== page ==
The company is run by a board of directors made up of mostly company outsiders, as is customary for publicly traded companies. Board members are elected every year at the annual shareholders' meeting using a majority vote system. There are five committees within the board which oversee specific matters. These committees include the audit committee, which handles accounting issues with the company including auditing and reporting the Compensation Committee, which approves compensation for the CEO and other employees of the company the Governance and Nominating Committee, which handles various corporate matters including nomination of the board the executive committee, whose chairperson is ex officio the chairman of the board and the Public Responsibility Committee, which works to ensure the company remains compliant with all local, state, and federal laws, in addition to ensuring the company remains neutral in American politics. [49]

On 10 July 2020, Cracker Barrel Old Country Store reported that, effective instantly, Gilbert Dávila was named to the board of directors of the company. Mr. Dávila is the founder and CEO of DMI Consulting – a major international communications, diversity & inclusion and innovation company in the United States, primarily helping Fortune 200 businesses to build competitive development strategies based on America's fastest expanding population / segment. [50]

Investment and business model Edit

Cracker Barrel restaurants are aimed at the family and casual dining market as well as retail sales. [14] The chain also advertises to people traveling on the interstate highways, as the majority of its locations are close to highway exits. [16] The company has promoted its cost controls to investors. [51] [52] The company has stated its goals are to keep employee turnover low and to provide better trained staff. [52] Since the 1980s, the firm has offered a formal training program with benefits for progressing through it to all of its employees. [10] [53]

Community involvement Edit

Cracker Barrel has supported a wide range of charities through one-off donations, promotional events, and partnerships with charitable organizations. [54] The chain has supported charities and causes in communities where its restaurants are located, including the Gulf Coast after Hurricane Katrina in 2005 [55] and Nashville after severe flooding in 2010. In the same year, Cracker Barrel established Cracker Barrel Cares Inc., an employee-funded non-profit organization that provides support to Cracker Barrel employees. [56] Cracker Barrel has also formed a partnership with the Wounded Warrior Project, a charity for injured veterans. [57] In attempts to rebuild its image after several race-related controversies, [58] the firm has provided a scholarship through the National Black MBA Association, [59] and job skills programs and sponsorships with 100 Black Men of America [58] [60] and the Restaurant and Lodging Association. [61]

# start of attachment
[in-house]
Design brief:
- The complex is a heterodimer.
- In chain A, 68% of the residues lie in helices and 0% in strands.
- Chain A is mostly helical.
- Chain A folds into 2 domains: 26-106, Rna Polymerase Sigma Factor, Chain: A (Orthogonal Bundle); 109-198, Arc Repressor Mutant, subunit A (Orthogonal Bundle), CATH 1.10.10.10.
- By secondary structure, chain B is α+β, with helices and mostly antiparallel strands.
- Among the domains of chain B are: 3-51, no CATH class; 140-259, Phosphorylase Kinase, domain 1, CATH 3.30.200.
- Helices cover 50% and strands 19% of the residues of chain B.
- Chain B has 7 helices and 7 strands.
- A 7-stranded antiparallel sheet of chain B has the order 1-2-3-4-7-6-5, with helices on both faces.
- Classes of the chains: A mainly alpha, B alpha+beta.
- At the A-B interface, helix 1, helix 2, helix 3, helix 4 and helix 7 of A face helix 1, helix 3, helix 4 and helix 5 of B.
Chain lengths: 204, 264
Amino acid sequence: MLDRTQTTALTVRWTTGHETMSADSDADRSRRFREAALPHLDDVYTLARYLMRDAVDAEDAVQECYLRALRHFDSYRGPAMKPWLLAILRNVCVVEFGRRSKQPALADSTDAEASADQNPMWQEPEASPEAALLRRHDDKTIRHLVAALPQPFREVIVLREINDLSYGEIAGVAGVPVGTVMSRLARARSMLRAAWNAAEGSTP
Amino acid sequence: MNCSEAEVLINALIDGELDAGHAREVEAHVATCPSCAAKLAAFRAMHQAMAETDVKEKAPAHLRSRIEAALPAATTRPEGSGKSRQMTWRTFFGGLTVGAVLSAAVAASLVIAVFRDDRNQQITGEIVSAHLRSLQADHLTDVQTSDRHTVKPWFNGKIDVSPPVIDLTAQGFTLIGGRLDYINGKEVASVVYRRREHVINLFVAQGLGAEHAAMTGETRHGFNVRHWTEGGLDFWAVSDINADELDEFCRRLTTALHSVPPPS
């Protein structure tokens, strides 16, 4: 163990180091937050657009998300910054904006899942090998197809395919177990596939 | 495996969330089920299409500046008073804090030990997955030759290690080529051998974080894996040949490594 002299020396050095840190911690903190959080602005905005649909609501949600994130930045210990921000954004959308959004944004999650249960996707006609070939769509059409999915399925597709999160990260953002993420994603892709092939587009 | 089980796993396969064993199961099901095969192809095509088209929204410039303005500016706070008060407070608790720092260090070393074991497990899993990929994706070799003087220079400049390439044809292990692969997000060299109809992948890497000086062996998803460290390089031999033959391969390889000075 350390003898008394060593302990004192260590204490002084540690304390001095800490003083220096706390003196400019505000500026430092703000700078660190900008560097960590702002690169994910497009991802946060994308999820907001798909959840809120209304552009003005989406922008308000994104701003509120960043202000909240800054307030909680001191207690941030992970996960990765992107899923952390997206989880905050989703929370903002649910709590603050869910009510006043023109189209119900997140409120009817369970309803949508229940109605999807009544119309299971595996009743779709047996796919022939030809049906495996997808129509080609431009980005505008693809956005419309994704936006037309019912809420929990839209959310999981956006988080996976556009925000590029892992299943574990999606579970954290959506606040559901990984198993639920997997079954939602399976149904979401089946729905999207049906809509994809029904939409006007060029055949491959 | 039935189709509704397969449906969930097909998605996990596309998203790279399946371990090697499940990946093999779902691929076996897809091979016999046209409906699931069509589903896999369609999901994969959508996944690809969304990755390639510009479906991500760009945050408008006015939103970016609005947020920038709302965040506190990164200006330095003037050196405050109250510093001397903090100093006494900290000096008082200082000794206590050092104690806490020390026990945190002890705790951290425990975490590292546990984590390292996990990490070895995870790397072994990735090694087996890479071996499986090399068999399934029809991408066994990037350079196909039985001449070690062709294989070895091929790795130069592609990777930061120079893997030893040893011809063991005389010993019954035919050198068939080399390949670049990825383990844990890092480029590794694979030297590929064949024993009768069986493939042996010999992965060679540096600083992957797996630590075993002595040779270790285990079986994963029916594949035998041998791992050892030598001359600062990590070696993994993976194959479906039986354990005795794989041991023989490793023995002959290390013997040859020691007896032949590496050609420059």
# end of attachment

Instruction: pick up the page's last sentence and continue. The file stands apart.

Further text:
Cracker Barrel sponsored the NASCAR Atlanta 500 race at Atlanta Motor Speedway from 1999 to 2001 [62] and the Grand Ole Opry from 2004 to 2009. The company was the first presenting sponsor of the Grand Ole Opry. [63] This sponsorship allowed the company to make connections within the Nashville music industry, following which it entered into partnership with a number of country music performers. [64] The chain has established partnerships with artists including Alison Krauss, Charlie Daniels, Josh Turner, Kenny Rogers, Dolly Parton, Alan Jackson, and Alabama, to offer CD releases and merchandise. [64] [65] [66]

In 1997, the company purchased the Mitchell House in Lebanon, Tennessee. The house had been the elementary dormitory and school for Castle Heights Military Academy which both Dan Evins and his son attended. The school had closed in 1986 and the building had sat empty since then. Cracker Barrel spent two million dollars to restore the home and used it as its corporate headquarters from 1999 to 2013. [67] [68]

Conflict with Biglari Holdings Edit

The board of directors of Cracker Barrel has repeatedly been at odds with the largest shareholder, Biglari Holdings Inc. [69] The owner of Biglari Holdings, Sardar Biglari, controls a 19.9% share of the company, [70] just short of the 20% needed to trigger a shareholder rights plan, more commonly termed a "poison pill". [71] The poison pill was adopted after Biglari Holdings sought approval to purchase a 49.99% share of the company and join the board of directors. [71] Sardar Biglari made another attempt to join Cracker Barrel's board in 2020, which shareholders rejected. At the time, he reportedly controlled approximately 8.7% of the company. [72]